Tuesday, July 8, 2014

Converging marks, popping averted

On Sunday, I brought Laddie and two assistants to a new hay field I got permission to train on. The field is large but has limited lines of sight because of it's somewhat dome shaped with rolling hillocks. The hay was recently cut so the cover is uniformly low at this time. The field is not as versatile as a retriever training property by any means, but it's near home and I think it's going to be useful for working on concepts with Laddie.

On Sunday, for example, I had Laddie run two similar series, but mirror images of one another and on different parts of the field. Each series was a land double with converging throws and with the gun for the long memory bird retired. The marks were 350y and 150y and on a tight angle, so that the line to the longer mark was only slightly off line from the line to the shorter mark.

The purpose of this training was to give Laddie an opportunity to have experience with the difficult job of re-running nearly the same line as he had just run but pushing further, in this case another 200y. Beyond the confusion inherent for an experienced retriever in being sent the same direction twice in one series, additional factors for this setup were the relatively long distance, the fact that the thrower of the memory bird was retired while the thrower of the go-bird was still out, and the fact that the marks had been thrown in opposite directions.

Laddie ran the first of the two doubles, and the go-bird of the second double, without difficulty. But the memory bird of the second double presented a new problem: the thrower had apparently not been visible, or only partly visible, when the mark was thrown, and at 350y, the black bumper she was throwing was not visible against the background of the trees except its a white steamer. Laddie had heard the pistol shot, and may have caught some visual info, but basically he was depending on lining and guesswork when I sent him.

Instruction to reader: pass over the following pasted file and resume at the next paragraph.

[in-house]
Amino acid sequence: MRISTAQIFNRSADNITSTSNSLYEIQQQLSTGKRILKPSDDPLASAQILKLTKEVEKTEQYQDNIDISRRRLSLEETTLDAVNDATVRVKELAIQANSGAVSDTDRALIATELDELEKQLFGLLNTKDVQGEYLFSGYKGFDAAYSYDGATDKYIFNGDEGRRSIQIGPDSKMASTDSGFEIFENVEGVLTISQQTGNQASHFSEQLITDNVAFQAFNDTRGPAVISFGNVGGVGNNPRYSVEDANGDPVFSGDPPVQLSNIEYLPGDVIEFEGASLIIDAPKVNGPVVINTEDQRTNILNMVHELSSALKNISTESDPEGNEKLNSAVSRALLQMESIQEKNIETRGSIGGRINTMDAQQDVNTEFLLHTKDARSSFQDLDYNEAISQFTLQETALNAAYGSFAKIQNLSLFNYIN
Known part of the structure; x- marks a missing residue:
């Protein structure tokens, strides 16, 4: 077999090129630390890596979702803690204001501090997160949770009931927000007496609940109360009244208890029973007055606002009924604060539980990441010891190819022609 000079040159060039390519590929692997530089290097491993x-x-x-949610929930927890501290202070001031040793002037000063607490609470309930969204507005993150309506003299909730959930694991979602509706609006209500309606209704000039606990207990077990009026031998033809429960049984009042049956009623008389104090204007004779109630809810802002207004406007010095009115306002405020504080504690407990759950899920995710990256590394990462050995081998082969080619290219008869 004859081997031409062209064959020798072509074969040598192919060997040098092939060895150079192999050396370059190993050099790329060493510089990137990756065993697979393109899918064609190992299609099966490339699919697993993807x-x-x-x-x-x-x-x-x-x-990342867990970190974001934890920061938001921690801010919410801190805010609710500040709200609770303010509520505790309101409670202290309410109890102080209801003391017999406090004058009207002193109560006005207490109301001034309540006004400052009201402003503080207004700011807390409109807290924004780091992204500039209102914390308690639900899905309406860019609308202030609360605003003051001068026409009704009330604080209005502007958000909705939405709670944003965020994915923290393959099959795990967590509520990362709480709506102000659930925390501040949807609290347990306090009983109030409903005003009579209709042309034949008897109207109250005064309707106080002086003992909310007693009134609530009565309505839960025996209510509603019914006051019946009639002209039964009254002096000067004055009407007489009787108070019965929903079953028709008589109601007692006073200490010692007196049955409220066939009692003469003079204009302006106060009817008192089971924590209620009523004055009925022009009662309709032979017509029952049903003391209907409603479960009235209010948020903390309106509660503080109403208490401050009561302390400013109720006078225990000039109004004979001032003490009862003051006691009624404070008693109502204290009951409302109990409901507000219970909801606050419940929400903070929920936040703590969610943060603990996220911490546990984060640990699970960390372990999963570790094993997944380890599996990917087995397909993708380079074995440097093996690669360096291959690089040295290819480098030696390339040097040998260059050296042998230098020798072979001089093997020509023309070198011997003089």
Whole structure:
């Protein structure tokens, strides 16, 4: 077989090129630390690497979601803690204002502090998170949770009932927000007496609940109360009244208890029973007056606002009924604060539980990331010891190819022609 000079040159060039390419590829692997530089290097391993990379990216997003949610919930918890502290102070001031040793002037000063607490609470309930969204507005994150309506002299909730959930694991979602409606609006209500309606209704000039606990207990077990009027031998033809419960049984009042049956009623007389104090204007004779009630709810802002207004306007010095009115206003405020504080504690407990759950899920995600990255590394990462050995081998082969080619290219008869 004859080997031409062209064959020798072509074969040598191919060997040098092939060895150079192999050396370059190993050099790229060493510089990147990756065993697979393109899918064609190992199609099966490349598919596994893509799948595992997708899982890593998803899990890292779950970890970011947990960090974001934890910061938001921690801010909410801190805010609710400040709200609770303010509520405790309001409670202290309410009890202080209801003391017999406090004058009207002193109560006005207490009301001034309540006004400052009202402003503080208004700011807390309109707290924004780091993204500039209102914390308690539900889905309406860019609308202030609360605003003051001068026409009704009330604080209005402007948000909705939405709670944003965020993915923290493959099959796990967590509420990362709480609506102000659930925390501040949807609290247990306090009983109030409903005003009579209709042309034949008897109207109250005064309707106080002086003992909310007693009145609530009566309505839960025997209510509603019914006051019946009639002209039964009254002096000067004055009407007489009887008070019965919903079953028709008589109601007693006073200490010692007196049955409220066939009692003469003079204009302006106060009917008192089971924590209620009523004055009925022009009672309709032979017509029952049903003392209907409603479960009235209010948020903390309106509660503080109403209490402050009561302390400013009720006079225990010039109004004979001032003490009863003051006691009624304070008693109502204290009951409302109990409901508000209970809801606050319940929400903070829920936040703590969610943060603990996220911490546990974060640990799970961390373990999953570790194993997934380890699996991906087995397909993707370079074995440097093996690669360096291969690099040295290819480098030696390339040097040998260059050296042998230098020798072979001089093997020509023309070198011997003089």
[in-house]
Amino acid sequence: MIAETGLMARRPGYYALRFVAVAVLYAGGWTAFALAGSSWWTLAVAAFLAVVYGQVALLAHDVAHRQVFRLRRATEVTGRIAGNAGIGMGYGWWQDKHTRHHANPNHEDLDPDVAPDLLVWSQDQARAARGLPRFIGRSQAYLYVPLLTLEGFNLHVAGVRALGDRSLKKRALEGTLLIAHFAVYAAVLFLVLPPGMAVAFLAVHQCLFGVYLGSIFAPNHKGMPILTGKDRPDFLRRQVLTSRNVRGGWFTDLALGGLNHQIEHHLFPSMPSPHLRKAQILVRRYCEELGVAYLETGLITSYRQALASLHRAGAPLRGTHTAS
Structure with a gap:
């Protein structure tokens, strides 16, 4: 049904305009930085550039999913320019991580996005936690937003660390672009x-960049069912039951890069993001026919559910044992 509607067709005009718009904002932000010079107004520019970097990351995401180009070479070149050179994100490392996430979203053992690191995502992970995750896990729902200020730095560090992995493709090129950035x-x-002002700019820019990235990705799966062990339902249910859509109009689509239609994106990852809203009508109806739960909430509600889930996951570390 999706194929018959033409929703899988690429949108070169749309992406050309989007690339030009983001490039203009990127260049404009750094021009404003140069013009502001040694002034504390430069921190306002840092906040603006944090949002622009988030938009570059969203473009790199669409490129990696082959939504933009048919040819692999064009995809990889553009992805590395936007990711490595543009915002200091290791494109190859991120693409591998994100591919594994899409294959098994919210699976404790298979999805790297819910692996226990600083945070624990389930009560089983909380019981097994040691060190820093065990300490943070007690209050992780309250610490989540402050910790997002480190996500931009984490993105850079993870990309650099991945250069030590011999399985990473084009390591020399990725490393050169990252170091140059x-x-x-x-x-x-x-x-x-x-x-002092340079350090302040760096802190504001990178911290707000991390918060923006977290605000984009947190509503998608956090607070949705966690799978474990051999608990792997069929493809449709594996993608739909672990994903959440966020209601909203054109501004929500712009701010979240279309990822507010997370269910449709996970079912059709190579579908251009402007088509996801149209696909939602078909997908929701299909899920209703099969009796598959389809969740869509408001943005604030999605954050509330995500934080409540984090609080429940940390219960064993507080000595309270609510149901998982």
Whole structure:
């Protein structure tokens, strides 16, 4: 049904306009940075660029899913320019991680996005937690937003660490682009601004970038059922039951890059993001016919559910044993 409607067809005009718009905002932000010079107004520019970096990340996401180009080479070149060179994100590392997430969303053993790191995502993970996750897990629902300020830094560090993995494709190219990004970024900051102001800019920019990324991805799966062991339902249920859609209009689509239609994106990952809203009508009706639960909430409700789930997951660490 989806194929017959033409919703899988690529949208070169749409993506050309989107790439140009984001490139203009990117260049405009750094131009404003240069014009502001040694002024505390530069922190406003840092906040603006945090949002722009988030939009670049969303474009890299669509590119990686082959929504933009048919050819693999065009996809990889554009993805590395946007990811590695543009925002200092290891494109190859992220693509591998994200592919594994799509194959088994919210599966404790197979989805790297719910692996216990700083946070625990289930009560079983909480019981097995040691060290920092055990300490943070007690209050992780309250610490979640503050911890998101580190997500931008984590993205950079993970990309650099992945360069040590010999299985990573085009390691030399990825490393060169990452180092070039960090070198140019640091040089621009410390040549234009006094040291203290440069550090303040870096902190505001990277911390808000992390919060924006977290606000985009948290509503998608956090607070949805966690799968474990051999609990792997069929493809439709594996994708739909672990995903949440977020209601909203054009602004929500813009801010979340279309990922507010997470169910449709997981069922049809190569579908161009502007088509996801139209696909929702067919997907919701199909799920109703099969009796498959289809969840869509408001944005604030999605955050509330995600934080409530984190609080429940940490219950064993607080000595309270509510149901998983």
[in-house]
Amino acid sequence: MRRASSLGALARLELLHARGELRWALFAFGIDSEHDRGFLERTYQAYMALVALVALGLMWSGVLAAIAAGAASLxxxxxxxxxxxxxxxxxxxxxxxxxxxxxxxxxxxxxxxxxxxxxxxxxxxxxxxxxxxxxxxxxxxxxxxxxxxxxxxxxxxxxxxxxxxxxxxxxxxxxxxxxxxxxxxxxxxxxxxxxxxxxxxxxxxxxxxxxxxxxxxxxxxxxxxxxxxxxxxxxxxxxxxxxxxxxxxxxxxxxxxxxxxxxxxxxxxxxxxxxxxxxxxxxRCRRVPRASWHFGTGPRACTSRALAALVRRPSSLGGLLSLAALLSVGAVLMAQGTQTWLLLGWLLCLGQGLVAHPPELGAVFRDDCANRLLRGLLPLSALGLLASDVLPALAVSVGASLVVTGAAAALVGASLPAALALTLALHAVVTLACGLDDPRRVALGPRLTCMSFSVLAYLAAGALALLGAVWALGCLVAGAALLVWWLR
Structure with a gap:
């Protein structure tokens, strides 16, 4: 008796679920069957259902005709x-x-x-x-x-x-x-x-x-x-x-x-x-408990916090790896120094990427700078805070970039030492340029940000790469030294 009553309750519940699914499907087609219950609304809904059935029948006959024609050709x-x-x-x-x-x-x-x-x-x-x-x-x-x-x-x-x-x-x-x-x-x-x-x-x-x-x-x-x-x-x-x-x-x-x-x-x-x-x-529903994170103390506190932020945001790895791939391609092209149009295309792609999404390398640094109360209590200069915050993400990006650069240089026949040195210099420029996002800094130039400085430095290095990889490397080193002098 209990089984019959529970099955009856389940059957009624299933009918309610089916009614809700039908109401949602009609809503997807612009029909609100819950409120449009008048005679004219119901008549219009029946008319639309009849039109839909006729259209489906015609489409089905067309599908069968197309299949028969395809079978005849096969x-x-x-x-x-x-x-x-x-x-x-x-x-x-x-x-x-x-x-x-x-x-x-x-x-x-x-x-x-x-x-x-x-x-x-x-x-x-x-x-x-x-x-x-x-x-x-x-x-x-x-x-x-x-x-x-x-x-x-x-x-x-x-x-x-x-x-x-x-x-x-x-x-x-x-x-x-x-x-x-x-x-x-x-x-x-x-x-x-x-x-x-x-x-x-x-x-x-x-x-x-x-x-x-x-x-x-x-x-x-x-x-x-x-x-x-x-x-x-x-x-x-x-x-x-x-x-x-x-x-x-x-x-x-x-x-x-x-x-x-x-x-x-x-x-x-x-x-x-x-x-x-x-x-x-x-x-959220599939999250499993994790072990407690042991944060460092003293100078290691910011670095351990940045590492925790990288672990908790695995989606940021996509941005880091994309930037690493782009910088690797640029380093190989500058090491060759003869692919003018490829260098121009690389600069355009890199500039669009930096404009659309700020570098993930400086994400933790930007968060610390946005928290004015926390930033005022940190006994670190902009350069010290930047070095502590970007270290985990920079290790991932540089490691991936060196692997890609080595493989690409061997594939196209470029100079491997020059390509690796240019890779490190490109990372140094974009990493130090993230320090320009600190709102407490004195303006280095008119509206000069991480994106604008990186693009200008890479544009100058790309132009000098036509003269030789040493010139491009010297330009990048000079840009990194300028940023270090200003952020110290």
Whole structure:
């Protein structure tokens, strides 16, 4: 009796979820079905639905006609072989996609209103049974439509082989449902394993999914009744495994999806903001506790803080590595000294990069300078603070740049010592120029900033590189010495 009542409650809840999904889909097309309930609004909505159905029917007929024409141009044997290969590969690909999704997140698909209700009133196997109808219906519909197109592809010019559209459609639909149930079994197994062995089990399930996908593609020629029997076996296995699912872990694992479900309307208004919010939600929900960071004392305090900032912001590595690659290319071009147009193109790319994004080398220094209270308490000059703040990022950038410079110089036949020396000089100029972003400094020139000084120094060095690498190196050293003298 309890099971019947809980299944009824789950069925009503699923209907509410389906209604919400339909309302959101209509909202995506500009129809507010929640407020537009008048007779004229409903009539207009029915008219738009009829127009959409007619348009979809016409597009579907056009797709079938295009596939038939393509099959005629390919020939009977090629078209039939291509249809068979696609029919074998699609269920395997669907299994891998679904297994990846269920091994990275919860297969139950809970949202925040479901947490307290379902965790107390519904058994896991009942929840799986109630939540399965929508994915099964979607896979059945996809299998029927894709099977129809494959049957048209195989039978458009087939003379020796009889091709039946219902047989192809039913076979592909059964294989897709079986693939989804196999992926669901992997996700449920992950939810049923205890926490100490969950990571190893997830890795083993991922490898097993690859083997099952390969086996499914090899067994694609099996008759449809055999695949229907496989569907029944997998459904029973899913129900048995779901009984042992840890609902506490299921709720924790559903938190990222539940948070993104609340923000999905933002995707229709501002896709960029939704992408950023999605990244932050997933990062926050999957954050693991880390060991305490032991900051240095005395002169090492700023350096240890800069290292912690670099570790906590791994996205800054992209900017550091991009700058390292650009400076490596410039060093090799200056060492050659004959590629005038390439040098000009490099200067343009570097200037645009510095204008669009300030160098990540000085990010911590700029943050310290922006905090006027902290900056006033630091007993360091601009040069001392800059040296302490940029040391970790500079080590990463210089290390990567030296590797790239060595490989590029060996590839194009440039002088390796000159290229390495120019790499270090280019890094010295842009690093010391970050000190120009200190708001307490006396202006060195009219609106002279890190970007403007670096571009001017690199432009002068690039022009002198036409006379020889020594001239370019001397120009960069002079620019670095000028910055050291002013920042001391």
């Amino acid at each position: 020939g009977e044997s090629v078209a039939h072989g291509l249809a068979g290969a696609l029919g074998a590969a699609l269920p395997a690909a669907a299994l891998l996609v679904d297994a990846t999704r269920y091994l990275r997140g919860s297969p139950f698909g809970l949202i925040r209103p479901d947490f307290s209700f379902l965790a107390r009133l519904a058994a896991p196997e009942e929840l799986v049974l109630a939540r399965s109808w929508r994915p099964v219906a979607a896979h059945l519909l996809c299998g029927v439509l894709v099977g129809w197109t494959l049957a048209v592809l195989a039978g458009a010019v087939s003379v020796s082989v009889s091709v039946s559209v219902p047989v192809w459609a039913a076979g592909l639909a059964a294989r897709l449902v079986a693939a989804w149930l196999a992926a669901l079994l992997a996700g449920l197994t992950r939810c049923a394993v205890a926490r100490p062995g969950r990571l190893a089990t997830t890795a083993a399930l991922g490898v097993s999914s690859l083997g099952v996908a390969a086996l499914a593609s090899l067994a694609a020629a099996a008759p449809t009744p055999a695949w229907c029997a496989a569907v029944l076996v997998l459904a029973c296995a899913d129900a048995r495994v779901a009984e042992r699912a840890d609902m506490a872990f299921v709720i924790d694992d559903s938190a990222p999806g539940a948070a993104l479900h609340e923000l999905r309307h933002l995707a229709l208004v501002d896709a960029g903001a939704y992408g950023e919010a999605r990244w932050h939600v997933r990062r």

I could tell he was feeling confusion because as soon as he launched, he zigzagged a little and turned his head to the side as though about to look over his shoulder at me. In the past, that body language would have been the precursor to a pop after a few more second, as Laddie's uncertainty got the better of him.

But we've been working on popping this past winter, and the work bore fruit on this mark. Laddie did not pop. Instead he pushed a little wide, as experienced retrievers often do to give wide berth to a previous mark, and then held his line up and down the knolls until he caught sight of the gunner in her white t-shirt hiding behind her umbrella. Instantly he darted past her and straight to the bumper.

Popping can be difficult to correct because, depending on how the dog feels after the incident, it can be self-reinforcing. For example, if the handler gives a cast when the dog pops, that may relieve some anxiety for the dog, which would increase the likelihood of the dog popping again if the dog felt similar anxiety on some future mark. In fact, it's difficult to find a response to the dog popping that doesn't somewhat relieve the dog's anxiety. This is material I've discussed elsewhere and won't repeat here.

However, in this session, it occurred to me that the dog having success on a confusing mark without popping, but instead with self-reliance, may also be self-reinforcing, so that each time Laddie handles a difficult mark without popping may further decrease the probability of popping in the future.

That would be nice.

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